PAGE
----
- The Washington Times - Saturday, May 24, 2003

They came, they saw, they had a good time. Sometimes you can sense when the members of a theatre audience are trying just that little bit too hard. Who can blame them? They have paid 40 dollars for a seat in the stalls, they have probably had to endure the irritation of finding a parking space in the litter-strewn streets. And the critics have already assured them that they are about to see something approaching a work of genius.

So they sit in the dark and wait for the magic to happen. In fact, they are too impatient to wait. They begin to chuckle a fraction of a second before the actors reach the end of a sentence; they laugh that little bit too loudly at a mildly amusing turn of phrase. Since they know they are about to see a work that thumbs a nose at religion and everything associated with middle-class good taste (not to mention the U.S. of A.) they are all the more eager to prove that they are good rebels too. Is it any surprise that “Jerry Springer: The Opera” is the hottest ticket in the West End? Of course not. Sometimes a show builds up such critical mass that its real quality becomes absolutely irrelevant.

For those of you who have not been keeping up with the arts pages, the Springer spectacular has just opened at the Royal National Theatre. A lurid, sung-through satire on the murky values of reality television, Stewart Lee’s and Richard Thomas’ production shatters as many taboos as you care to name, revelling in its own insane naughtiness and generally making the real-life Springer show appear as sedate as a quiet afternoon on C-Span. An obese pole-dancer competes for attention with a transsexual, a Ku Klux Klan chorus line, a fetishist and a sundry assortment of what the publicity material cheerfully describes as “trailer trash.”

Springer orchestrates the proceedings with his usual slick charm until he falls victim to an assassin’s bullet. He wakes up in Hell, where he discovers that Satan orders him to stage another show. Faced with the choice of complying or having barbed wire forced into his nether regions, Springer is given the task of forcing God (who, it transpires, was one of the guests in the first half) to apologize for expelling Satan from heaven. Jesus is also present.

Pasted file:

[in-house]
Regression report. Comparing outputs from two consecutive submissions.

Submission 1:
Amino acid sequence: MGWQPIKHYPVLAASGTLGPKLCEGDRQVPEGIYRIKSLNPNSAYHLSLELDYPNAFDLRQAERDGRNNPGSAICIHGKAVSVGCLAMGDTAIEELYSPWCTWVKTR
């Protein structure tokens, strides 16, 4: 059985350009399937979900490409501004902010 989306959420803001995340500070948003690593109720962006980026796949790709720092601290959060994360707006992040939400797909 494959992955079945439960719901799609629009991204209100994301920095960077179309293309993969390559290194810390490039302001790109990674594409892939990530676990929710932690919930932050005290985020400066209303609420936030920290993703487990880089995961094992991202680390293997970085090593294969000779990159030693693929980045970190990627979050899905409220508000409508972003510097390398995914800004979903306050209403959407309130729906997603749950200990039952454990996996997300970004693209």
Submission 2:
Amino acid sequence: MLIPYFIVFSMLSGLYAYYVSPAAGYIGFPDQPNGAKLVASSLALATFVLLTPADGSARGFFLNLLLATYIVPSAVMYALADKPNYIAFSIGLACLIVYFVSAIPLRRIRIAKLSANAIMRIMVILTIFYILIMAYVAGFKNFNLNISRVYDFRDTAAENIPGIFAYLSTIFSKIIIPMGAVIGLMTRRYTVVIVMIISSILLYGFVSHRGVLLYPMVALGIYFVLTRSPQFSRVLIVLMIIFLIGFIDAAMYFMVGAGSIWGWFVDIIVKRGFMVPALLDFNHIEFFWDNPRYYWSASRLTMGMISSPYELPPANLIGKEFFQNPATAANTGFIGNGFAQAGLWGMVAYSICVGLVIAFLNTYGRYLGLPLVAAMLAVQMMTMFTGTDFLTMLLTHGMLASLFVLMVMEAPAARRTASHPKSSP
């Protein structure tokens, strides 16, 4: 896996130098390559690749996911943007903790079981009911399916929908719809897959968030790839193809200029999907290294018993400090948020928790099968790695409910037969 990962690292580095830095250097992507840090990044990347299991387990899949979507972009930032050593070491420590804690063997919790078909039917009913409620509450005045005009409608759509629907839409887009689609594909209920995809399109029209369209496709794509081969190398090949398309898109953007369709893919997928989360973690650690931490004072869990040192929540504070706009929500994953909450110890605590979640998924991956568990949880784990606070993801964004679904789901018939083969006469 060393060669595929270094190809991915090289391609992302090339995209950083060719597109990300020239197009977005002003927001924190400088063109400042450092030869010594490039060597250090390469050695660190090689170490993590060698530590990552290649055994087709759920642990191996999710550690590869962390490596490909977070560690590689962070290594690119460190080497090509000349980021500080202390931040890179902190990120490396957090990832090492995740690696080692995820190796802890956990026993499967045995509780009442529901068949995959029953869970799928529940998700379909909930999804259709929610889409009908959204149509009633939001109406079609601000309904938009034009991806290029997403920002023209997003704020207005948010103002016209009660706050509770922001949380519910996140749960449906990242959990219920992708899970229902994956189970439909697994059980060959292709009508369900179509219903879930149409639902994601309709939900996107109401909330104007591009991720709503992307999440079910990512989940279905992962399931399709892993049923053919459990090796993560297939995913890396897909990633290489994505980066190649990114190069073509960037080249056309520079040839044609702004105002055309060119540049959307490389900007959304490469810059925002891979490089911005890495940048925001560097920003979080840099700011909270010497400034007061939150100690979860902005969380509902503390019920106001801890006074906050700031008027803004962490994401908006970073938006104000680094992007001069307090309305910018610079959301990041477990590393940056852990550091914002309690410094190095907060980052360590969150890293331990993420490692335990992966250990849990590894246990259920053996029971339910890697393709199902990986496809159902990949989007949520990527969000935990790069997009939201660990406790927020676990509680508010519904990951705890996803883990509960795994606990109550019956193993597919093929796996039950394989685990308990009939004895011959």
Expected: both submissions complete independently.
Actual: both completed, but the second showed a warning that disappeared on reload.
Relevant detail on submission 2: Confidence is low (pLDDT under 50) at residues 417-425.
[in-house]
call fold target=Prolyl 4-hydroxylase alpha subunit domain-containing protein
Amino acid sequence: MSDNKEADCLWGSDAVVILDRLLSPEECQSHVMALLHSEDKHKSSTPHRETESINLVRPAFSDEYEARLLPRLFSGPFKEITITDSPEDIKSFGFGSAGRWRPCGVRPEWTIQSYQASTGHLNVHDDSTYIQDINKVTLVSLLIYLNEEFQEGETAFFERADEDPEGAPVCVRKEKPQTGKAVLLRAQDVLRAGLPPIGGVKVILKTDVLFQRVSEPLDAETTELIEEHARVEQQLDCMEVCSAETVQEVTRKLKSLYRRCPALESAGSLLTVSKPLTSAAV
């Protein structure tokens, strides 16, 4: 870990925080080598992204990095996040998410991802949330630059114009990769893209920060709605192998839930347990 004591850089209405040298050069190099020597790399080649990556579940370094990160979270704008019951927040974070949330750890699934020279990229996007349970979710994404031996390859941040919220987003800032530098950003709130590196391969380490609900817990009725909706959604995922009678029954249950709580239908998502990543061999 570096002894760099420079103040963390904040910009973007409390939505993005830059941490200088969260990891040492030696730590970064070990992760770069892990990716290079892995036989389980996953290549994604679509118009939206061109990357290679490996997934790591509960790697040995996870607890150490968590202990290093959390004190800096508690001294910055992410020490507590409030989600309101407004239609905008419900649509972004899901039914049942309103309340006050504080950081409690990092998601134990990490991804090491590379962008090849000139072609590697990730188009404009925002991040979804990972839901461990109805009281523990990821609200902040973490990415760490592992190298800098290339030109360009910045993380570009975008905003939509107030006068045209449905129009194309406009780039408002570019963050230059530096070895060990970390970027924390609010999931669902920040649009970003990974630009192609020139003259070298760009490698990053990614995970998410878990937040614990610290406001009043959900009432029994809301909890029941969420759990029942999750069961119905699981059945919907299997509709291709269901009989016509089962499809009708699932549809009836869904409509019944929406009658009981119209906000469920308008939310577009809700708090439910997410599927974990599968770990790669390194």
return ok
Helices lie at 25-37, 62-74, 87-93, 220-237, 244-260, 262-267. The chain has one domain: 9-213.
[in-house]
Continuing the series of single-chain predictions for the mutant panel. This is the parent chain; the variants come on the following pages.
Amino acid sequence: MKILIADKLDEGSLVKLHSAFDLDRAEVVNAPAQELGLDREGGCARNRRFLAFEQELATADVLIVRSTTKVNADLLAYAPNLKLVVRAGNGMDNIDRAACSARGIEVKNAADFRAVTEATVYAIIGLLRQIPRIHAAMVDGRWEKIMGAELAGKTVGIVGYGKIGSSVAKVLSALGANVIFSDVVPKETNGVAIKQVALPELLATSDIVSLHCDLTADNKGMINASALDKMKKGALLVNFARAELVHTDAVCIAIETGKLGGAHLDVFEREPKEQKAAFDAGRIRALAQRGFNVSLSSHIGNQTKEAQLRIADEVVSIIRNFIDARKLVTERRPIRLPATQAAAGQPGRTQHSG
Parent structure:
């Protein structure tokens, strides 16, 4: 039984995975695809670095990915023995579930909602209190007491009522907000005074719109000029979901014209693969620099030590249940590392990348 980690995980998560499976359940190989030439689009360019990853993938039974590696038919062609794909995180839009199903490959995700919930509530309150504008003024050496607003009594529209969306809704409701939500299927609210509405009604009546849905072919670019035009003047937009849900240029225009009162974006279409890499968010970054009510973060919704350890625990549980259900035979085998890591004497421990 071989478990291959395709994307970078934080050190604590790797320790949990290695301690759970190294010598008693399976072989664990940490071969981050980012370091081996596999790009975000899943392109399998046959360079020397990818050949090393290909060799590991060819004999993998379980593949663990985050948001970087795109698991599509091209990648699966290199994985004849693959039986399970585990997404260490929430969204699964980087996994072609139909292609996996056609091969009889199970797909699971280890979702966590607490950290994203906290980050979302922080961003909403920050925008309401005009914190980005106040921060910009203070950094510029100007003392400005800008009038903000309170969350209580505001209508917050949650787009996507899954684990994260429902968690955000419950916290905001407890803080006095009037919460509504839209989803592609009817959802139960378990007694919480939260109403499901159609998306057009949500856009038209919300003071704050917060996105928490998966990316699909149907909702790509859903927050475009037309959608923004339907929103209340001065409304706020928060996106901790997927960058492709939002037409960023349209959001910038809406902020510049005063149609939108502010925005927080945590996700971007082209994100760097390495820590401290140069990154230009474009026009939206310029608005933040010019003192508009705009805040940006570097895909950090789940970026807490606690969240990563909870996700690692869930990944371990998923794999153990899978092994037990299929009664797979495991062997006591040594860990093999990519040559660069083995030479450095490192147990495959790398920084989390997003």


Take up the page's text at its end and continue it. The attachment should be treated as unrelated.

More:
The final message — before the big, toe-tapping showstopper declaiming “Nothing is wrong and nothing is right” — is that Springer is a confessional figure who can be seen as the contemporary equivalent of God.

At least I think that was the point it was trying to make. By the time it reached its climax, my senses were dazed. Two and a half hours of repetitive high camp is a lot to take. The staging is polished, as is the baroque pastiche — at least once you get used to the idea of a Handel aria being turned into one long, looping line of F-words. Michael Brandon comes eerily close to catching the mannerisms of the real-life Springer.

The man himself turns up in the program to supply a gleeful endorsement for the show. Which gives you some idea of what is fundamentally wrong with the whole project. For all its juvenile energy, the script is much too eager to wallow in its low-life theme. It is so eager to shock that it forgets what it wants to say.

But, as I say, the show is a hit. You can draw your own conclusions. Just about the only dissenting opinion I have seen came in a newspaper article by playwright Arnold Wesker: “Trash is trash and eternally depressing … I’ve long worried that the theatre has lost audiences because the moment the curtain rises both intellectual and emotional expectations drop. This show, I fear, introduces a new dimension: audiences will feel intimidated to be caught not liking it.”

The other noteworthy event of my week was seeing a shot of The Washington Times front page on the flagship BBC current affairs programme, “Panorama.” I honestly cannot recall the last time the BBC ever acknowledged the paper’s existence, which tells you something about the general tone of its U.S. coverage.

If that was surprising enough, the program — about the irresistible rise of the neoconservatives — managed to be reasonably even-handed. William Kristol, Joshua Muravchik and Eliot Cohen were all given airtime. Grover Norquist spoke for the skeptics. I would not say the program was entirely without bias.

How could it be when it posed questions as nuanced as “Will the superhawks drag us into more wars against THEIR enemies?” On the other hand, the spokesmen for the left — mostly filmed on the street shouting abuse at demonstrations — did not come off so well either.

It goes without saying that the production team did their best to make Richard Perle to look sinister. Constant references to the Mafia hung in the air, the background music turned ominous: the unspoken message was that we were watching Don Perleone going about his sinister business. Michael Ledeen, blazing forth in all directions on talk shows, was clearly set up to be the headstrong Sonny Corleone. The script had David Frum marked down as the young, rosy-cheeked Al Pacino, but Frum clearly disappointed the filmmakers by being much too cheerful and polite to make a decent villain.

Clive Davis writes for the London Times.


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